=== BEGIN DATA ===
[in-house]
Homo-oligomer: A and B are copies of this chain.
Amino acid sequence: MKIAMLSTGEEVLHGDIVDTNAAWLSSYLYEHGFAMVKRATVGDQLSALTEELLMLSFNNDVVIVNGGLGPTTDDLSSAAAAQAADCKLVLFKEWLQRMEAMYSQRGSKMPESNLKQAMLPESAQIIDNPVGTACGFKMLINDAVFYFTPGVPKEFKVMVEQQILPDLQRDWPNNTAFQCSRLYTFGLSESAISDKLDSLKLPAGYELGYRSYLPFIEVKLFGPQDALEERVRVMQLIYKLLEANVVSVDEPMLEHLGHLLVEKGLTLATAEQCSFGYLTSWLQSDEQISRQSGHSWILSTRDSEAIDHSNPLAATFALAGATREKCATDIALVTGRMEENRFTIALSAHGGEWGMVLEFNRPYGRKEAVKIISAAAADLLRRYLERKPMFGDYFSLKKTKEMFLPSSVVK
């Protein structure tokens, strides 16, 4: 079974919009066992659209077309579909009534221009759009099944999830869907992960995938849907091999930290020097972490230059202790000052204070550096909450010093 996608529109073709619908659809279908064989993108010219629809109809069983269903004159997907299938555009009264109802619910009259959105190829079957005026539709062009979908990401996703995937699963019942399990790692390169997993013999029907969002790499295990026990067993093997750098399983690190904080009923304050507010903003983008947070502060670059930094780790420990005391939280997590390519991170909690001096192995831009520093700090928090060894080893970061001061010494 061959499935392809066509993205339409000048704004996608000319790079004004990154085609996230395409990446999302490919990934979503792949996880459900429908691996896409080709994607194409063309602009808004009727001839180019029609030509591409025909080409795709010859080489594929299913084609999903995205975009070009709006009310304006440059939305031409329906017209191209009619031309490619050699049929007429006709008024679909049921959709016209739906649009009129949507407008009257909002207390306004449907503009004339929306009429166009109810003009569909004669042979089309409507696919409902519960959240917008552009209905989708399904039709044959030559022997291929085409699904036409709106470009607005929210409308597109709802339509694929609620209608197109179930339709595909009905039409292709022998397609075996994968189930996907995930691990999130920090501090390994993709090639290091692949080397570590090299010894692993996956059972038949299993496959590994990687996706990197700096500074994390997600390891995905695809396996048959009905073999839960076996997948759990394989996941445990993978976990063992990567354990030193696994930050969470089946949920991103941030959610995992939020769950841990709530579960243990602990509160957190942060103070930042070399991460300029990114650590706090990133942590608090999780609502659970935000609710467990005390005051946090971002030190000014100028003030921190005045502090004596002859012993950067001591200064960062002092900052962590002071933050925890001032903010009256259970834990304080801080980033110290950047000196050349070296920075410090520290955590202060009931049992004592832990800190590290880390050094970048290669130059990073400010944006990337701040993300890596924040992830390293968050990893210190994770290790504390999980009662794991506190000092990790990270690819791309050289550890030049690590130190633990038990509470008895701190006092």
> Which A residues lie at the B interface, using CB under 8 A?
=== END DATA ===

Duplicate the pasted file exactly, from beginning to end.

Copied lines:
[in-house]
Homo-oligomer: A and B are copies of this chain.
Amino acid sequence: MKIAMLSTGEEVLHGDIVDTNAAWLSSYLYEHGFAMVKRATVGDQLSALTEELLMLSFNNDVVIVNGGLGPTTDDLSSAAAAQAADCKLVLFKEWLQRMEAMYSQRGSKMPESNLKQAMLPESAQIIDNPVGTACGFKMLINDAVFYFTPGVPKEFKVMVEQQILPDLQRDWPNNTAFQCSRLYTFGLSESAISDKLDSLKLPAGYELGYRSYLPFIEVKLFGPQDALEERVRVMQLIYKLLEANVVSVDEPMLEHLGHLLVEKGLTLATAEQCSFGYLTSWLQSDEQISRQSGHSWILSTRDSEAIDHSNPLAATFALAGATREKCATDIALVTGRMEENRFTIALSAHGGEWGMVLEFNRPYGRKEAVKIISAAAADLLRRYLERKPMFGDYFSLKKTKEMFLPSSVVK
């Protein structure tokens, strides 16, 4: 079974919009066992659209077309579909009534221009759009099944999830869907992960995938849907091999930290020097972490230059202790000052204070550096909450010093 996608529109073709619908659809279908064989993108010219629809109809069983269903004159997907299938555009009264109802619910009259959105190829079957005026539709062009979908990401996703995937699963019942399990790692390169997993013999029907969002790499295990026990067993093997750098399983690190904080009923304050507010903003983008947070502060670059930094780790420990005391939280997590390519991170909690001096192995831009520093700090928090060894080893970061001061010494 061959499935392809066509993205339409000048704004996608000319790079004004990154085609996230395409990446999302490919990934979503792949996880459900429908691996896409080709994607194409063309602009808004009727001839180019029609030509591409025909080409795709010859080489594929299913084609999903995205975009070009709006009310304006440059939305031409329906017209191209009619031309490619050699049929007429006709008024679909049921959709016209739906649009009129949507407008009257909002207390306004449907503009004339929306009429166009109810003009569909004669042979089309409507696919409902519960959240917008552009209905989708399904039709044959030559022997291929085409699904036409709106470009607005929210409308597109709802339509694929609620209608197109179930339709595909009905039409292709022998397609075996994968189930996907995930691990999130920090501090390994993709090639290091692949080397570590090299010894692993996956059972038949299993496959590994990687996706990197700096500074994390997600390891995905695809396996048959009905073999839960076996997948759990394989996941445990993978976990063992990567354990030193696994930050969470089946949920991103941030959610995992939020769950841990709530579960243990602990509160957190942060103070930042070399991460300029990114650590706090990133942590608090999780609502659970935000609710467990005390005051946090971002030190000014100028003030921190005045502090004596002859012993950067001591200064960062002092900052962590002071933050925890001032903010009256259970834990304080801080980033110290950047000196050349070296920075410090520290955590202060009931049992004592832990800190590290880390050094970048290669130059990073400010944006990337701040993300890596924040992830390293968050990893210190994770290790504390999980009662794991506190000092990790990270690819791309050289550890030049690590130190633990038990509470008895701190006092």
> Which A residues lie at the B interface, using CB under 8 A?